Linking D&I activities to the UN Sustainable Development Goals
By Jo Faragher on 31 July 2019
Many major companies – as part of their corporate social responsibility commitments – are aware of and are doing their bit to meet the United Nations’ Sustainable Development Goals.
The SDGs were adopted in 2015, listing 17 targets UN countries should achieve by 2030. They span a commitment to get rid of poverty to clean water and sanitation and a promise of “decent work and economic growth”. Goals 5 and 10 – on gender equality and reduced inequalities – are the ones that should be on the radar of D&I professionals.
In goal 5, the UN states that “women and girls everywhere must have equal rights and opportunity, and be able to live free of violence and discrimination”. It adds that achieving this goal is “integral to all dimensions of inclusive and sustainable development”. The aim is to achieve gender equality by 2030.
And while a core element of this goal is to protect women from gender-based physical and sexual violence, it’s also about equalising earnings and increasing the quality of work roles occupied by women.
Goal 10, meanwhile, aims to empower and promote inclusion “irrespective of age, sex, disability, race, ethnicity, origin, religion or economic status”. From a D&I leaders’ perspective, this covers anything they do across the protected characteristics such as race and sexual orientation, as well as projects around social mobility and background.
But while we there are clear public commitments on the goals from many major companies, we don’t always hear about the D&I agenda through this particular lens. This seems like a missed opportunity, as the SDG can provide a useful framework for your D&I activities, not to mention the incentive of working towards a wider, global goal.
A number of companies have set out how they will respond to the SDG from both a gender equality and reducing inequality perspective. Consultancy PwC, for example, explains how it is working with its own clients to help them meet the goals, and how as a company it has prioritised “those we feel are most relevant for our business at the moment”. It has created a prioritisation matrix of the 17 goals that shows where it feels strongest and can have the most impact, and where it feels they are lower priority for the business at present.
Gender equality is cited as a high priority, and PwC describes how its D&I programme includes ambitious public targets for gender representation at each grade, transparency on the gender pay gap, and programmes to boost women’s career progress.
The company notes how it has banned all-make shortlists for senior hires, and its commitments to the UN’s HeForShe campaign. Reduced inequalities is also a high priority, and PwC refers to its social mobility action plan, its decision to voluntarily publish its ethnicity pay gap and its research into executive pay, among other initiatives.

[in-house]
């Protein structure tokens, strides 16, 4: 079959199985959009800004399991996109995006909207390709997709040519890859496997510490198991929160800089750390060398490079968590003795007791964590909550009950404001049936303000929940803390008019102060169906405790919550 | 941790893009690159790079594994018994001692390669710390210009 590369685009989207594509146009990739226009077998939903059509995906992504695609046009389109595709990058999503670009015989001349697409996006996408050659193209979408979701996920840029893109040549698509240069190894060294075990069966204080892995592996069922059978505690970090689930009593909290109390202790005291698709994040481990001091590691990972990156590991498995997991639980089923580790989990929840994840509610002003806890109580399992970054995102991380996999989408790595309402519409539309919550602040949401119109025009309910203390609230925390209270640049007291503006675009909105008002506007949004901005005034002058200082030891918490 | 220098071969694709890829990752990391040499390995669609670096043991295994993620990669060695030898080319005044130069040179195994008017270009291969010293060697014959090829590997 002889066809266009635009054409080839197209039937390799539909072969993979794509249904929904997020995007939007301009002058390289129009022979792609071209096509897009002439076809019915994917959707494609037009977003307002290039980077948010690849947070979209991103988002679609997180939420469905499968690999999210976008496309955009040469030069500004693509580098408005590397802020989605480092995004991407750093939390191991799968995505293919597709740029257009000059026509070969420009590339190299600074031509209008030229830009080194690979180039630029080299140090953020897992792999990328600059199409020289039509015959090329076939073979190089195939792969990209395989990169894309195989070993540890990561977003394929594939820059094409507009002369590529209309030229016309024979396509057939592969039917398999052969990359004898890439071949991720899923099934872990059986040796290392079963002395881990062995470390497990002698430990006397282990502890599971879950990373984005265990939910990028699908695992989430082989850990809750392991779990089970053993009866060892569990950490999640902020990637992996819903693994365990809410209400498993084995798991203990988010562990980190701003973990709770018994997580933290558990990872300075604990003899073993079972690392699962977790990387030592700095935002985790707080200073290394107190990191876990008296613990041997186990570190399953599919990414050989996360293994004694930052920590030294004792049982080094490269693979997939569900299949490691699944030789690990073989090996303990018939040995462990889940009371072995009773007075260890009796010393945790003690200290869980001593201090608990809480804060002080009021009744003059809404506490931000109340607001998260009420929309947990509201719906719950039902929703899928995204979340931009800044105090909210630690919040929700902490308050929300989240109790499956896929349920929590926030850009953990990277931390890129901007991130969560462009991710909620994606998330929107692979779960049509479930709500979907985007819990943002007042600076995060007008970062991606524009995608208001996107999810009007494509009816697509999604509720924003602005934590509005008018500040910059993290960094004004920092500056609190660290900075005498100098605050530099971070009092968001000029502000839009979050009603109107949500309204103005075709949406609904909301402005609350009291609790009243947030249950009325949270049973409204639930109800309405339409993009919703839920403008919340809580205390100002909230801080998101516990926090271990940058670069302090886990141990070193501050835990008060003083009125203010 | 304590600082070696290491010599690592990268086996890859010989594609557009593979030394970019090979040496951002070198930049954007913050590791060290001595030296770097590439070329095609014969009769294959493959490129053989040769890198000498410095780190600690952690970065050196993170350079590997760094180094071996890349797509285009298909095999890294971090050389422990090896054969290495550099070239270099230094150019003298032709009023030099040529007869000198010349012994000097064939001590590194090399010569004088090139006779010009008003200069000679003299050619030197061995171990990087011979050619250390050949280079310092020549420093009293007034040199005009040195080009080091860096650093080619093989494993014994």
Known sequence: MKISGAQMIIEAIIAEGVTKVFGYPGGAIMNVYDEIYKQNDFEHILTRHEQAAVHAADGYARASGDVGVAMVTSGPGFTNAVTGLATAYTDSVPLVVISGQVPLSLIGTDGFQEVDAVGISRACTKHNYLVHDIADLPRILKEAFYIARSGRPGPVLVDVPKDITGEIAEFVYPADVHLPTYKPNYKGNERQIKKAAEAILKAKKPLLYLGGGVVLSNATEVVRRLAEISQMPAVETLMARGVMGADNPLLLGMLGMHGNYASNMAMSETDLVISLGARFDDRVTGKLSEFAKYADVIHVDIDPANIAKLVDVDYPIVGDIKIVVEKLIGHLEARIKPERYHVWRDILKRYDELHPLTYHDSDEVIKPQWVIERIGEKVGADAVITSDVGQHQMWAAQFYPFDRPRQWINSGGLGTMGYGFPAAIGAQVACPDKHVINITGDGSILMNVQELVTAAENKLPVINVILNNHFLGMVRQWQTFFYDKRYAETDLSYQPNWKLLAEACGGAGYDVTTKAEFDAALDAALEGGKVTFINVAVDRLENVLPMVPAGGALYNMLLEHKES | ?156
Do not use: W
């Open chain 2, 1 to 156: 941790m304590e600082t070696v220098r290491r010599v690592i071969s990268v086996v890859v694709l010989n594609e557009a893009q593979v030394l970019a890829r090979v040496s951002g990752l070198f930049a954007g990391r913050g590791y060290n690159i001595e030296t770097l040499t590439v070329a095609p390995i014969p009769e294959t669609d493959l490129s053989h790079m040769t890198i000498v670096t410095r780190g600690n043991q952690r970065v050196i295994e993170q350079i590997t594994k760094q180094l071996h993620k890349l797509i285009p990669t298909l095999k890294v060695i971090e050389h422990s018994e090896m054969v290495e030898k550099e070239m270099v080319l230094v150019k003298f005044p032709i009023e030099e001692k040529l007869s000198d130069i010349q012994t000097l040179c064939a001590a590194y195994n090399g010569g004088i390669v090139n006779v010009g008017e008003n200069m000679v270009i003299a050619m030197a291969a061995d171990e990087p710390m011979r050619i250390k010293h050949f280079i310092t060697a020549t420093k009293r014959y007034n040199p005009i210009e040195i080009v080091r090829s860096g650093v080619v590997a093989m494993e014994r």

Banking group Citi has also picked out seven areas which it feels to be achievable from the SDGs, including goal 5 of gender equality. Again, it discusses its diverse hiring practices and its progress in appointing female managers over the past few years. It has also recently signed up to the UK Treasury’s Women in Finance Charter. From a broader perspective, it builds on this through how it offers its banking services to give women equal rights to economic resources, access to ownership and control over land and property. Diversity charities such as Stonewall offer guidance on how issues such as LGBT inclusion can reference the SDG and actions employers can take.
Linking D&I activities back to the UN’s SDG is a great way for corporates to feel part of a global movement, but it will also help build the business case for inclusion at the very top of the organisation. Showing senior leaders how moving the dial on D&I can form part of broader global goals really demonstrates their value, and means that they don’t view initiatives in isolation or focus on narrow quotas or business targets. It is also a way to show a public commitment to diversity in a context that customers and suppliers will recognise.
There are many more examples of how organizations are taking the SDGs and making them their own. It’s not necessary to give an exhaustive plan of how you’ll tackle all 17 – focus on what you can do now. It’s not about starting from scratch, either – many of your existing and past activities will contribute in some way to those goals on gender and reducing inequality. 2030 is just over 10 years away, and every contribution is a step closer to making the world more sustainable for the next generation.
d&i Leaders is a global community of senior diversity, inclusion and HR focused professionals, looking to collaborate, network and accelerate their workplace inclusion strategy.